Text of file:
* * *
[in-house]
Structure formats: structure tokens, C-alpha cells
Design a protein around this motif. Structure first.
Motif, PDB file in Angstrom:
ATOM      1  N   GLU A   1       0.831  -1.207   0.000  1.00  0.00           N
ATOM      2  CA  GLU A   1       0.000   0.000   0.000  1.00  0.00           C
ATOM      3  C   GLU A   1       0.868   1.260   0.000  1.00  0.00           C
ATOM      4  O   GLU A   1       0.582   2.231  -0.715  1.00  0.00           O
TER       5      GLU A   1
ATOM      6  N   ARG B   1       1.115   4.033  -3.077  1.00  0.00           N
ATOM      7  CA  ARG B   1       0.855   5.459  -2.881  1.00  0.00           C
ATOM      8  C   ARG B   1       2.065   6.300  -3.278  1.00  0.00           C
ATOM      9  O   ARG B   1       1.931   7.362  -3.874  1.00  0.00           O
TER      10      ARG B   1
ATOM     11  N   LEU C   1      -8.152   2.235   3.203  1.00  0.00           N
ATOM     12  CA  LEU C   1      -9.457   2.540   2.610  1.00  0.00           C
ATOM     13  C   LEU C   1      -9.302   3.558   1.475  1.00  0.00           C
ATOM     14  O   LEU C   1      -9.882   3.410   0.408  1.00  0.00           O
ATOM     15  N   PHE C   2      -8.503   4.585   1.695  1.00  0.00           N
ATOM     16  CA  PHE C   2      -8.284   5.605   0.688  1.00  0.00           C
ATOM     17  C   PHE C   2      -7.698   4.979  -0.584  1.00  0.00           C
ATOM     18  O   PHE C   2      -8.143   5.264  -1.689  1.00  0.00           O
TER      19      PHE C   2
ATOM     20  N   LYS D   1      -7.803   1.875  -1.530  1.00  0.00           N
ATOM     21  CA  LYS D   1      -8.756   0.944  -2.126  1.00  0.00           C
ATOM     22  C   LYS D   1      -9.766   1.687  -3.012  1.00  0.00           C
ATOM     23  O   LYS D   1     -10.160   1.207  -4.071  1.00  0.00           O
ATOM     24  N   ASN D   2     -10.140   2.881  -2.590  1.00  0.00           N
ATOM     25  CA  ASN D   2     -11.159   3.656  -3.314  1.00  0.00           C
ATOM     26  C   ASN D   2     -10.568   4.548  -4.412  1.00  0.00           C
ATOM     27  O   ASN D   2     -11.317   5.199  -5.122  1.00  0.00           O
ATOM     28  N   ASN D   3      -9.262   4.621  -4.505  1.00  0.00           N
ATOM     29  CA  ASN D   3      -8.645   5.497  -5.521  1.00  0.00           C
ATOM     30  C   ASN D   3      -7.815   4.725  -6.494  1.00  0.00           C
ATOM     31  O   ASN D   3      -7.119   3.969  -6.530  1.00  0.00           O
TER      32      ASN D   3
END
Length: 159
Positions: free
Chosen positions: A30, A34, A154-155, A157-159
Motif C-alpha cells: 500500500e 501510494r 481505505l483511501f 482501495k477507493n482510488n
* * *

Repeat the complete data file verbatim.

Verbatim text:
[in-house]
Structure formats: structure tokens, C-alpha cells
Design a protein around this motif. Structure first.
Motif, PDB file in Angstrom:
ATOM      1  N   GLU A   1       0.831  -1.207   0.000  1.00  0.00           N
ATOM      2  CA  GLU A   1       0.000   0.000   0.000  1.00  0.00           C
ATOM      3  C   GLU A   1       0.868   1.260   0.000  1.00  0.00           C
ATOM      4  O   GLU A   1       0.582   2.231  -0.715  1.00  0.00           O
TER       5      GLU A   1
ATOM      6  N   ARG B   1       1.115   4.033  -3.077  1.00  0.00           N
ATOM      7  CA  ARG B   1       0.855   5.459  -2.881  1.00  0.00           C
ATOM      8  C   ARG B   1       2.065   6.300  -3.278  1.00  0.00           C
ATOM      9  O   ARG B   1       1.931   7.362  -3.874  1.00  0.00           O
TER      10      ARG B   1
ATOM     11  N   LEU C   1      -8.152   2.235   3.203  1.00  0.00           N
ATOM     12  CA  LEU C   1      -9.457   2.540   2.610  1.00  0.00           C
ATOM     13  C   LEU C   1      -9.302   3.558   1.475  1.00  0.00           C
ATOM     14  O   LEU C   1      -9.882   3.410   0.408  1.00  0.00           O
ATOM     15  N   PHE C   2      -8.503   4.585   1.695  1.00  0.00           N
ATOM     16  CA  PHE C   2      -8.284   5.605   0.688  1.00  0.00           C
ATOM     17  C   PHE C   2      -7.698   4.979  -0.584  1.00  0.00           C
ATOM     18  O   PHE C   2      -8.143   5.264  -1.689  1.00  0.00           O
TER      19      PHE C   2
ATOM     20  N   LYS D   1      -7.803   1.875  -1.530  1.00  0.00           N
ATOM     21  CA  LYS D   1      -8.756   0.944  -2.126  1.00  0.00           C
ATOM     22  C   LYS D   1      -9.766   1.687  -3.012  1.00  0.00           C
ATOM     23  O   LYS D   1     -10.160   1.207  -4.071  1.00  0.00           O
ATOM     24  N   ASN D   2     -10.140   2.881  -2.590  1.00  0.00           N
ATOM     25  CA  ASN D   2     -11.159   3.656  -3.314  1.00  0.00           C
ATOM     26  C   ASN D   2     -10.568   4.548  -4.412  1.00  0.00           C
ATOM     27  O   ASN D   2     -11.317   5.199  -5.122  1.00  0.00           O
ATOM     28  N   ASN D   3      -9.262   4.621  -4.505  1.00  0.00           N
ATOM     29  CA  ASN D   3      -8.645   5.497  -5.521  1.00  0.00           C
ATOM     30  C   ASN D   3      -7.815   4.725  -6.494  1.00  0.00           C
ATOM     31  O   ASN D   3      -7.119   3.969  -6.530  1.00  0.00           O
TER      32      ASN D   3
END
Length: 159
Positions: free
Chosen positions: A30, A34, A154-155, A157-159
Motif C-alpha cells: 500500500e 501510494r 481505505l483511501f 482501495k477507493n482510488n